Several summers ago I was camping with a group of friends and decided to take Lewis for a walk. I think it was late summer in Eastern Washington, and the ticks were out with some force. Not that that is a necessary point in the story, but I just wanted you to know there were lots of ticks.
Anyway, Lewis and I are walking through a wheat field. Okay, wait, it couldn't have been late summer because the wheat was still green. So it was whatever time of year wheat is green and about three feet tall and there are lots of ticks.
So we are walking, or rather I am walking and Lewis is frolicking. Keeping in mind that Lewis is only eleven inches tall, he can't exactly see over the three-foot-high wheat. Lost in my own thoughts, it took me a second to register that Lewis's wheat frolicking movements were headed toward the five foot cliff and the rushing river. Next thing I know, the little guy emerges from the wheat field and flies off the cliff, splashing into the rushing river.
Initially he swam for an island, but at the last minute he looked over his shoulder and saw me standing on the opposite shore, so he changes course and attempts to swim for me. Meanwhile he is being swept away, and I am running (yes, Cherelyn, I did run) along the edge, trying to figure out where I can jump down and try to grab him.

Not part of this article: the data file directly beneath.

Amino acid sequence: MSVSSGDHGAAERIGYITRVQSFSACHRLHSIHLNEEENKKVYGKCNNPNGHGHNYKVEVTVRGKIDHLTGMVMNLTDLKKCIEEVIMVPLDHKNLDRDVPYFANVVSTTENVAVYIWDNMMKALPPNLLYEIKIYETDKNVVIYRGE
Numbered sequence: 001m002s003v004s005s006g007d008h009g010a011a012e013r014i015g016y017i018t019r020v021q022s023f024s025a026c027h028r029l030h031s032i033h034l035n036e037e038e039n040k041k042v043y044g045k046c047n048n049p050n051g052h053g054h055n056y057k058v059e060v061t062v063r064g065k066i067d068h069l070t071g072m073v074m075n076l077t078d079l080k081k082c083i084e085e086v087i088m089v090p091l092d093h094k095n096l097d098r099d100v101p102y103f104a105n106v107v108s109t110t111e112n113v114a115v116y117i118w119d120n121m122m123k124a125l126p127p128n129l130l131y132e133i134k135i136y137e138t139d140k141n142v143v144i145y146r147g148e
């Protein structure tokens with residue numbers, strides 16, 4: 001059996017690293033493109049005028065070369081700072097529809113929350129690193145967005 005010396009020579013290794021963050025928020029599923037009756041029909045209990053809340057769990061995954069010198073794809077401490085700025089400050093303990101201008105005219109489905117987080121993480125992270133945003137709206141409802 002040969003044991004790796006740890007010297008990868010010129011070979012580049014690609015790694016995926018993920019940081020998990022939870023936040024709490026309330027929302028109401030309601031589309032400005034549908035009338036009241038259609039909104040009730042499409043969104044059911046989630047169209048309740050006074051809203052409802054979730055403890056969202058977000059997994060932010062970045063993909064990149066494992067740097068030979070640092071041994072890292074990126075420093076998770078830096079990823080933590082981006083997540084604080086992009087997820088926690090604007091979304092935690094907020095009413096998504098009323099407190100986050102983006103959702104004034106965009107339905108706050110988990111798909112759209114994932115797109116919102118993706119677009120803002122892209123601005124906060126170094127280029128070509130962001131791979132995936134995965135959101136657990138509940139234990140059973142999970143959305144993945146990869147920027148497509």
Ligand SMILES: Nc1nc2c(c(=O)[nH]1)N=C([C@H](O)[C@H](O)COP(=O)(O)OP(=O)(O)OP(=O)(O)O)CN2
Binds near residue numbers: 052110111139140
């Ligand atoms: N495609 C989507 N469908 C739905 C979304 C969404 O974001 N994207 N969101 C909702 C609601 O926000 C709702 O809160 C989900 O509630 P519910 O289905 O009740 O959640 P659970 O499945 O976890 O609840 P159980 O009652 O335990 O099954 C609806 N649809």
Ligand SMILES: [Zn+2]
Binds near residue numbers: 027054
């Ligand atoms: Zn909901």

He sweeps by an eddy, just out of my grasp. Then he gets snagged up in some debris further down the river. In a moment of Indiana Jones bravado, I grabbed a dangling tree root and repelled down to where he was, only to have him be swept under the debris and come out on the other side.
Fortunately there was a sandbar on the other side that he swept onto. I told him to stay there, climbed back up the cliff, trotted down to the sandbar, and hauled him up to safety. And I'm telling you, if a dog could talk, this is what he would have said: "That was awesome! Can I do it again?!"
I think this experience could be taken two ways. One way is to tread safely and slowly through the wheat, making sure to check carefully before plunging ahead. Another way is to frolic while you can, swim like crazy, and no matter how scared you were, look at the whole thing as a great adventure. I think I'm with Lewis on this one.